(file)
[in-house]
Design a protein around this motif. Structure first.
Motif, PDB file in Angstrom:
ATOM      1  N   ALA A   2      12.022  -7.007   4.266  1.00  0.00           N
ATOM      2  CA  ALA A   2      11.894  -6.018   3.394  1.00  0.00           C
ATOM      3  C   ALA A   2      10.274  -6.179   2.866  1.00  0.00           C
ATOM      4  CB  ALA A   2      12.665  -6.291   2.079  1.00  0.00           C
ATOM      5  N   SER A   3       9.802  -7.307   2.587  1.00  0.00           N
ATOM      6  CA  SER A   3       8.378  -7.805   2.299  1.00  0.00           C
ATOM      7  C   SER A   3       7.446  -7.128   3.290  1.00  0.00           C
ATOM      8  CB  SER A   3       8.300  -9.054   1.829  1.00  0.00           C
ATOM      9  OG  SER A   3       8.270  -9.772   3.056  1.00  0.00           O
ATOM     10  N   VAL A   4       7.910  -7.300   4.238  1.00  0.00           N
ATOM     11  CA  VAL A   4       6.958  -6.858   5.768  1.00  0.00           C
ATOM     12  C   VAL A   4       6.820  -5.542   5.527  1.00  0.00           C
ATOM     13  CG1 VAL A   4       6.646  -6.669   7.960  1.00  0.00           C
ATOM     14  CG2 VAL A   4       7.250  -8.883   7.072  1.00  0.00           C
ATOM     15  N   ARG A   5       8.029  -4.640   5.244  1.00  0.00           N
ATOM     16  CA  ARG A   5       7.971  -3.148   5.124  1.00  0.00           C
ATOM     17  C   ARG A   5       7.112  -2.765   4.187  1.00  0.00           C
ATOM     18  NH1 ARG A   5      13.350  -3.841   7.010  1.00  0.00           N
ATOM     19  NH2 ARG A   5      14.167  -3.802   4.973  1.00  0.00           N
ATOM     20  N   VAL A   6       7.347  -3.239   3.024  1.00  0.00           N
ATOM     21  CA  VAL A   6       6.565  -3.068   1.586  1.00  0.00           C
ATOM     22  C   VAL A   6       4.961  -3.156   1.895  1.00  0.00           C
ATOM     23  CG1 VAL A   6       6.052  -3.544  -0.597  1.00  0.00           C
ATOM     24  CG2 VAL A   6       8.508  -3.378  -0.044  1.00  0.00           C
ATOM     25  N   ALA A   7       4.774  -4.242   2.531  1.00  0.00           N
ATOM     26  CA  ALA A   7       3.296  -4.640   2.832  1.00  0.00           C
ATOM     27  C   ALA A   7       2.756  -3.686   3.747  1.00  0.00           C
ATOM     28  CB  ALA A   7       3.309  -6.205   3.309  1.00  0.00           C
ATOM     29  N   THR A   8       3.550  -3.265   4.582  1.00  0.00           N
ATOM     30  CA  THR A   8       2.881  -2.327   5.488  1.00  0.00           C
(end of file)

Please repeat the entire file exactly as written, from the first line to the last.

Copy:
[in-house]
Design a protein around this motif. Structure first.
Motif, PDB file in Angstrom:
ATOM      1  N   ALA A   2      12.022  -7.007   4.266  1.00  0.00           N
ATOM      2  CA  ALA A   2      11.894  -6.018   3.394  1.00  0.00           C
ATOM      3  C   ALA A   2      10.274  -6.179   2.866  1.00  0.00           C
ATOM      4  CB  ALA A   2      12.665  -6.291   2.079  1.00  0.00           C
ATOM      5  N   SER A   3       9.802  -7.307   2.587  1.00  0.00           N
ATOM      6  CA  SER A   3       8.378  -7.805   2.299  1.00  0.00           C
ATOM      7  C   SER A   3       7.446  -7.128   3.290  1.00  0.00           C
ATOM      8  CB  SER A   3       8.300  -9.054   1.829  1.00  0.00           C
ATOM      9  OG  SER A   3       8.270  -9.772   3.056  1.00  0.00           O
ATOM     10  N   VAL A   4       7.910  -7.300   4.238  1.00  0.00           N
ATOM     11  CA  VAL A   4       6.958  -6.858   5.768  1.00  0.00           C
ATOM     12  C   VAL A   4       6.820  -5.542   5.527  1.00  0.00           C
ATOM     13  CG1 VAL A   4       6.646  -6.669   7.960  1.00  0.00           C
ATOM     14  CG2 VAL A   4       7.250  -8.883   7.072  1.00  0.00           C
ATOM     15  N   ARG A   5       8.029  -4.640   5.244  1.00  0.00           N
ATOM     16  CA  ARG A   5       7.971  -3.148   5.124  1.00  0.00           C
ATOM     17  C   ARG A   5       7.112  -2.765   4.187  1.00  0.00           C
ATOM     18  NH1 ARG A   5      13.350  -3.841   7.010  1.00  0.00           N
ATOM     19  NH2 ARG A   5      14.167  -3.802   4.973  1.00  0.00           N
ATOM     20  N   VAL A   6       7.347  -3.239   3.024  1.00  0.00           N
ATOM     21  CA  VAL A   6       6.565  -3.068   1.586  1.00  0.00           C
ATOM     22  C   VAL A   6       4.961  -3.156   1.895  1.00  0.00           C
ATOM     23  CG1 VAL A   6       6.052  -3.544  -0.597  1.00  0.00           C
ATOM     24  CG2 VAL A   6       8.508  -3.378  -0.044  1.00  0.00           C
ATOM     25  N   ALA A   7       4.774  -4.242   2.531  1.00  0.00           N
ATOM     26  CA  ALA A   7       3.296  -4.640   2.832  1.00  0.00           C
ATOM     27  C   ALA A   7       2.756  -3.686   3.747  1.00  0.00           C
ATOM     28  CB  ALA A   7       3.309  -6.205   3.309  1.00  0.00           C
ATOM     29  N   THR A   8       3.550  -3.265   4.582  1.00  0.00           N
ATOM     30  CA  THR A   8       2.881  -2.327   5.488  1.00  0.00           C